Last Updated: Friday - 09/24/2010
Week of April 15, 2002
Learning while having fun
Education can still happen while families are on vacation
By RENATO GANDIA
"Camps should not be considered simply as babysitting."
- Janice Barton
"Camps should not be considered simply as babysitting. Find what the children like before sending them to one," she said.
Barton, who worked in a camp for seven years, stressed it is crucial to find a camp that offers what children are interested in before sending them there.
Recalling her camp days as a youngster, Barton shared her experience of visiting an old-fashioned camp where she learned how to make food the old-fashioned way, that is sans modern technology.
Even playing games during the time that there was no electricity was something that she learned from this kind of camp. "It was fun. It was a lot of fun. I really enjoyed it."
If a child is not interested in attending a camp as a participant, there are leadership development training programs that students in Grades 6 and 7 can take.
Some camps operate for ages 12 and up. In camps like that they can take an active role and they can get involved in day camps with younger children as volunteers.
Trudelle's son Paul, 6 and a half, attended a day camp last summer. "He went to a day sports camp and he was introduced to a lot of interesting things that he brought home and was able to play with his younger sister."
"There are benefits to give them those opportunities but I don't personally believe that it should be a summer full of structure," Trudelle reiterated.
It is important for Lella Blumer "to make sure that her children are doing something constructive, that they are not just sitting in front of the TV or play station."
She agreed that camp is one option but there are a lot of choices for camps no matter what kind of financial situation parents have.
"Some of the day camps are great ideas, like the one at the Odyssium." Although that one is a bit pricey, Blumer believes those are a great idea because they are learning something too.
Outdoor camps are better choices in Blumer's view. "We have a very short summer and children have spent most of their time inside the classroom. So I think they need to be outdoors and enjoy as much as they can."
"Camps and programs that emphasize outdoor physical activities as well as a little bit of learning are probably the way to go."
Her son, Martin, who is in Grade 4, has been going to Our Lady of Victory Camp in Bentley, which runs for a week for different age groups.
Half of the summer Blumer brings her children to a day home. "I think the first thing is you have to make sure that they are somewhere where there is a responsible adult."
On the other hand, during the time school is off some students lose their reading ability. This can also be addressed during the summer.
Teachers suggest that parents should create an atmosphere that will encourage children to continue reading during the summer.
"If children read only during school, they will lose that reading ability during the summer."
- Lella Blummer
"I know that we tend to read only to the little (children) but not necessarily to older children. It's a nice opportunity to read to them whether it's a newspaper or a magazine. Read it together, you can read one page and let the child read another page and then you can discuss it."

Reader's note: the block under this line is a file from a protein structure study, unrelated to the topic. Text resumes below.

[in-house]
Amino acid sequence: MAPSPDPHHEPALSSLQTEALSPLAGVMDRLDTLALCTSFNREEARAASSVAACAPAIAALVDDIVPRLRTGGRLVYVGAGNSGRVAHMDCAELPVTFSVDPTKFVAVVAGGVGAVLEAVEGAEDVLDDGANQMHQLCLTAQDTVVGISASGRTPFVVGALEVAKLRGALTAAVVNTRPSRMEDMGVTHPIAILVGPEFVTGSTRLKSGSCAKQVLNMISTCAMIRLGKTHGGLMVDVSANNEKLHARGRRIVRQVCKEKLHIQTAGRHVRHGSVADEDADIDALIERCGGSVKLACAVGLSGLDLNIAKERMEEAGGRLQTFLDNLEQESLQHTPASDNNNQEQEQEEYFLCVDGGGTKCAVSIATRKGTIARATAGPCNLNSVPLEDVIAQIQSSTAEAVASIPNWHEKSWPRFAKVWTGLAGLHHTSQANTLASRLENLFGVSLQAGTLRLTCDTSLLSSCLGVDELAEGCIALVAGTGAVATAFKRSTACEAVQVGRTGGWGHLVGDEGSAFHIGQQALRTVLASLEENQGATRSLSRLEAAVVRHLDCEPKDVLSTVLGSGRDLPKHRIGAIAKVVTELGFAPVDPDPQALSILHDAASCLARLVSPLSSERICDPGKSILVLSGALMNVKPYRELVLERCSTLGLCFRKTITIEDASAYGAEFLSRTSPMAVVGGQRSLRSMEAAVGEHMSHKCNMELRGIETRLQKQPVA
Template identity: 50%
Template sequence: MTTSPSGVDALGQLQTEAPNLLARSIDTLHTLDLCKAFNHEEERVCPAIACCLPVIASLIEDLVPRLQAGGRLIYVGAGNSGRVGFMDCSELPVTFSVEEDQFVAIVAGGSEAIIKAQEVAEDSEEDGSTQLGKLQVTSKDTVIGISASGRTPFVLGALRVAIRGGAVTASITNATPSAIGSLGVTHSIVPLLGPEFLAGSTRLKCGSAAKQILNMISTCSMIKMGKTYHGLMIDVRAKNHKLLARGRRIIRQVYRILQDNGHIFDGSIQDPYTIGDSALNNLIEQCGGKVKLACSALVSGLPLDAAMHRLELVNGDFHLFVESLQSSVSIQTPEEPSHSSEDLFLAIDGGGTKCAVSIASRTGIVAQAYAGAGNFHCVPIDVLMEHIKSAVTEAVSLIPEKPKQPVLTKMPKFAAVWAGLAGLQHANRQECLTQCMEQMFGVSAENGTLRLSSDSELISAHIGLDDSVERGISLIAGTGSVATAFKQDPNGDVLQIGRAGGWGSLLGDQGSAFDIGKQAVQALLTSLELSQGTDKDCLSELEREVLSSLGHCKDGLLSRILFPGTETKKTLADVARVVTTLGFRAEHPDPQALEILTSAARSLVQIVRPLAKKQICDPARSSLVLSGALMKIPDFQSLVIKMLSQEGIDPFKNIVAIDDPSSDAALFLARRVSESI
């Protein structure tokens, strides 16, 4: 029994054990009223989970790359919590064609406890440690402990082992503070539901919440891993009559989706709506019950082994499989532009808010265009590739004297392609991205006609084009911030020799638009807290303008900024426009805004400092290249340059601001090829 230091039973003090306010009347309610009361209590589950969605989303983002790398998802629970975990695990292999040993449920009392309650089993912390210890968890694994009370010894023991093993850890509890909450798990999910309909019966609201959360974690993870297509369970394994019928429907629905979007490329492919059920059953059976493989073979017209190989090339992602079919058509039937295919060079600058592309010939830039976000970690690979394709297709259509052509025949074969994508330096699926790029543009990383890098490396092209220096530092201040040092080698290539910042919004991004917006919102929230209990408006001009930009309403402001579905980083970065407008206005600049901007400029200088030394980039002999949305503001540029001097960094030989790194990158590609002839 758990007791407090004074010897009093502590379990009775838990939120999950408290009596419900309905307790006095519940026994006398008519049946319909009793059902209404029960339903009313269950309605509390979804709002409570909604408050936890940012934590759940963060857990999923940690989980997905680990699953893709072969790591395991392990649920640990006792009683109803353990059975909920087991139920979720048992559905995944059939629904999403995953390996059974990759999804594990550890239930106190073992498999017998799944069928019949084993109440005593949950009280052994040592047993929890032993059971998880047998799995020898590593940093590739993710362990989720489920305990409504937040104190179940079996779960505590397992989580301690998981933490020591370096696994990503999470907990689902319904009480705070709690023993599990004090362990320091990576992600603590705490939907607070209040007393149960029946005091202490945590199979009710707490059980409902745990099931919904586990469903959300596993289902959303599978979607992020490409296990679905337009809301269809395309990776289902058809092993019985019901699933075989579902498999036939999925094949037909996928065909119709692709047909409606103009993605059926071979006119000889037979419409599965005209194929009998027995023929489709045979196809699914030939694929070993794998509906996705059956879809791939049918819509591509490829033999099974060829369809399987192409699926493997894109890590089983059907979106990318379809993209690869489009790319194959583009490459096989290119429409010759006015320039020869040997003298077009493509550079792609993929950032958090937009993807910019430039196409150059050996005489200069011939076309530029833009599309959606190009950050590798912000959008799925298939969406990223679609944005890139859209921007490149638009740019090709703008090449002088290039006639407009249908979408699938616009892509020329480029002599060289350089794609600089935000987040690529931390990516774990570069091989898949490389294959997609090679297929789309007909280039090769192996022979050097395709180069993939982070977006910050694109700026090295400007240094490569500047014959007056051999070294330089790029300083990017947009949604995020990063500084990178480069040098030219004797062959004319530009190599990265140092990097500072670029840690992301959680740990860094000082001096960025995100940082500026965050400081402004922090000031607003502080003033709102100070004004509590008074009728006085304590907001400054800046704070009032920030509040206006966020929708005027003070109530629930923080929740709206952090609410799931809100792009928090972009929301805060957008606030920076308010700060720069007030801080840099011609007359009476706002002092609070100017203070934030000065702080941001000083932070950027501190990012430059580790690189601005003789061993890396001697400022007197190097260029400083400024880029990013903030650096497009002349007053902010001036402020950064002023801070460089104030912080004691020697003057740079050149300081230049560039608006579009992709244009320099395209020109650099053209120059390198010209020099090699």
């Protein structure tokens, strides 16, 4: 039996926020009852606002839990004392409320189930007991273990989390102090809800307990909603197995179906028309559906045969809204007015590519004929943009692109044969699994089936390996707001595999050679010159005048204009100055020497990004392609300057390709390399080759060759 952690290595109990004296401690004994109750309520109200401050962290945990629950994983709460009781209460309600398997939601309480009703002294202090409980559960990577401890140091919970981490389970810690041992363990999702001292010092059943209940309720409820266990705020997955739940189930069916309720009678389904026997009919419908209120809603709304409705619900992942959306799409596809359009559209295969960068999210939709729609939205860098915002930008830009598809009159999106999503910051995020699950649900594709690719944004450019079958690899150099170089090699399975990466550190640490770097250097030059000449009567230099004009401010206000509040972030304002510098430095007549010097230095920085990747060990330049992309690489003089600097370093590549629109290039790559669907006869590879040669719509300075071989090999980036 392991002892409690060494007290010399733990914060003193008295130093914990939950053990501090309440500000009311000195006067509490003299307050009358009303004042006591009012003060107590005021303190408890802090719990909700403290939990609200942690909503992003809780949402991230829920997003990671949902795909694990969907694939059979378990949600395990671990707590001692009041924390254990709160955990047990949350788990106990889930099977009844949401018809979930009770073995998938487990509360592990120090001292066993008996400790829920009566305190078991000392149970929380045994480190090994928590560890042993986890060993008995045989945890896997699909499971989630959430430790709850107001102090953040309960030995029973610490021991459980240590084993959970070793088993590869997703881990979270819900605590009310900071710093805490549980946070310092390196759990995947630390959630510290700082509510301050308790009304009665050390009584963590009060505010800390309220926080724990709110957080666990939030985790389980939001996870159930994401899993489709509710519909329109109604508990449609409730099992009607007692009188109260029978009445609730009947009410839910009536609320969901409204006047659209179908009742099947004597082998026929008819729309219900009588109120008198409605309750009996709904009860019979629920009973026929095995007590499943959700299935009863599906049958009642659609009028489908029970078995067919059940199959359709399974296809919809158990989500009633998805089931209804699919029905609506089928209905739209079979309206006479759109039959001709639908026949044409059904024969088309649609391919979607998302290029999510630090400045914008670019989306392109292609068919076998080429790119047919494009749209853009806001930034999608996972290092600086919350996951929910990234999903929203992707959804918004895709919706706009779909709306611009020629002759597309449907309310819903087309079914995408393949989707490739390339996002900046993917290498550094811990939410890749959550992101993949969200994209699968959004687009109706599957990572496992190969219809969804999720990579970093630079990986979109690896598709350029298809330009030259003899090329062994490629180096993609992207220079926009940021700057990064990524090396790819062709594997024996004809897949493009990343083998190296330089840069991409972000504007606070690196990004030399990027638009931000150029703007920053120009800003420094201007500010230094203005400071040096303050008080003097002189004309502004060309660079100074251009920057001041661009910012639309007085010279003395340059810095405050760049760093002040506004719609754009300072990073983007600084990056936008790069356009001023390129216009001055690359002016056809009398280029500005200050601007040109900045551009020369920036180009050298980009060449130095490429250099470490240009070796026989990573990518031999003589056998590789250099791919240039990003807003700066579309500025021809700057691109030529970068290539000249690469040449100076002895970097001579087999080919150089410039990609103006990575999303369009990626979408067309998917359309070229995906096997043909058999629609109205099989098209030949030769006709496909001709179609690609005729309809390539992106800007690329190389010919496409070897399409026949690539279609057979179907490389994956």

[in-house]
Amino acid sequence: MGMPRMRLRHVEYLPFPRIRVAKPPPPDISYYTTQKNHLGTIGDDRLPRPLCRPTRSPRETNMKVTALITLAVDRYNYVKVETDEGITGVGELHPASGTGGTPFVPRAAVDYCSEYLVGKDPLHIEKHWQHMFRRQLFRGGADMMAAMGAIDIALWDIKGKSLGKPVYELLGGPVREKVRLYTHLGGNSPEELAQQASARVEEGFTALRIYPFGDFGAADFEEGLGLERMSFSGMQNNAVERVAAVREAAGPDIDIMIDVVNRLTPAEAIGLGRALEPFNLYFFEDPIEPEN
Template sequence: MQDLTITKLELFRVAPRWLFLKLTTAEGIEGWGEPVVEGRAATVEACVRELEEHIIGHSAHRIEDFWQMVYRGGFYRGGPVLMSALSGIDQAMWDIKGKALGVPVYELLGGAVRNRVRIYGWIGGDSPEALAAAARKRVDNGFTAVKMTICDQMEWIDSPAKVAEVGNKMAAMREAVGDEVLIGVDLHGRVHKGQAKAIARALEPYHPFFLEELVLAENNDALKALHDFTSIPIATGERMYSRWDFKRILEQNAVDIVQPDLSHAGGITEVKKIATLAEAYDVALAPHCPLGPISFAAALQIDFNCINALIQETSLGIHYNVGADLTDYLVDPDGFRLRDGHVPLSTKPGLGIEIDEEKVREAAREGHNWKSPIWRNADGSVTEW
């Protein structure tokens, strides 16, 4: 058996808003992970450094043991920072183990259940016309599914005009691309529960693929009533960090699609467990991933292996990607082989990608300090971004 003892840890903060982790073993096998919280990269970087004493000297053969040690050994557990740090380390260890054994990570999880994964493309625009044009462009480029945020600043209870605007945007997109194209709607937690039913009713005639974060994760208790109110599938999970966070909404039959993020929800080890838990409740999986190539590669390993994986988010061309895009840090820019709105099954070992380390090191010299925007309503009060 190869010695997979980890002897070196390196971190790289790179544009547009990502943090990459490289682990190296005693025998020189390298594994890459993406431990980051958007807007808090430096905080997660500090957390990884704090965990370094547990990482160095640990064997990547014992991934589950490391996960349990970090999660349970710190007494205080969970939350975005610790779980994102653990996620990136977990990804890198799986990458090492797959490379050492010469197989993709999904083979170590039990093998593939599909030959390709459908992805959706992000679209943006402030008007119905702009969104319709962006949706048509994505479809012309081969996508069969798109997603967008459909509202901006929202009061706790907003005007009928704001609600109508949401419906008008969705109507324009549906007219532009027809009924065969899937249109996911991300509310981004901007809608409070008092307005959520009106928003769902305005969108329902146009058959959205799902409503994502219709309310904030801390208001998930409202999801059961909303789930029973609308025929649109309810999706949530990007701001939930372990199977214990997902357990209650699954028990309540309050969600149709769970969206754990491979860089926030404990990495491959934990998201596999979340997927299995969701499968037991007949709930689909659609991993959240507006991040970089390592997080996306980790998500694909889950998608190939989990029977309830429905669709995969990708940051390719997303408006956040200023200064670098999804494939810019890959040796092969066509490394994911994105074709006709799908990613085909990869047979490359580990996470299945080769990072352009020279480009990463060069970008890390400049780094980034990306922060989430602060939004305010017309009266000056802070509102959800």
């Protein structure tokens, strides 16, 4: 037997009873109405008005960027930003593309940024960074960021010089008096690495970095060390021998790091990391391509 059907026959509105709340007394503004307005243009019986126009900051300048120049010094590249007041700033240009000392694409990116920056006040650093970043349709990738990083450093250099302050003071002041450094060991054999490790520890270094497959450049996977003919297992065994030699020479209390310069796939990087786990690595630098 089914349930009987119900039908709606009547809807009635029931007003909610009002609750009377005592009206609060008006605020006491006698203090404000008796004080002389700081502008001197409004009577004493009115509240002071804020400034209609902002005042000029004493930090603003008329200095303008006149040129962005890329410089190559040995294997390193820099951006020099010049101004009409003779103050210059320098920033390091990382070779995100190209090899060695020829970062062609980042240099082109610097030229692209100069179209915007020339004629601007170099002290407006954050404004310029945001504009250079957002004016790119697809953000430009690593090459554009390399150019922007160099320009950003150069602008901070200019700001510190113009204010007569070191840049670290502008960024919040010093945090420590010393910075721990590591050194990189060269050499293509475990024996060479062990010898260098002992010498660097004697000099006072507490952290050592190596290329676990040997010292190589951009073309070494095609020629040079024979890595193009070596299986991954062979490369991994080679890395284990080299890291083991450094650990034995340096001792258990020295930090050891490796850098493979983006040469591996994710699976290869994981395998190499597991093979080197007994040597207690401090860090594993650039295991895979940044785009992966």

They can also read novels but she cautioned not to go overboard and ask them to read for an hour like during school days. "Maybe 15 minutes in the morning and another 15 in the afternoon. But don't give them a whole pile all at once."
Stuart said, "Summer time reading pattern can help especially for the ones that need extra help."
He recommends that parents set a time aside. "So it might be before going to bed because they are still young enough to have a set bed time."
But parents can also check out and ask them to tell about what they have read.
Barton points to the public libraries. "One thing that parents can do is to get them a library card because that way they can avail themselves of the books they are interested in for free. Libraries have a wide collection of books that will interest children."
"There are really some good programs in libraries where children can participate. They can participate in reading treasure maps and mazes."
Parents can be directly involved too. The whole family can set a time that they visit the library, pick up books and sit down together and read.
"It's a wonderful way of promoting reading because everyone is doing it. When children see their parents read too, that can bring encouragement for them to do the same," Barton said.
Blumer doesn't have to worry that her children will lose their reading ability during the summer because they love to read.
"The ones who have the habit of reading on their own or having their parents read to them will carry on in some way or another during the summer.
"It may not be as regimented as during the school year, but if children read only during school, they will lose that reading ability during the summer."
Stuart pointed out one factor for spending summer responsibly. "It all depends on what the parents are doing.
Children are still dependent on their parents. If their parents are going on a vacation at that time, children go on vacation too. If their parents are working, other arrangements are made.
"A lot of what children can do during the summer still depends on the parents' discretion. So no matter what we tell them to do, like go to camps, go to this, it will be dependent on the parents' decision."
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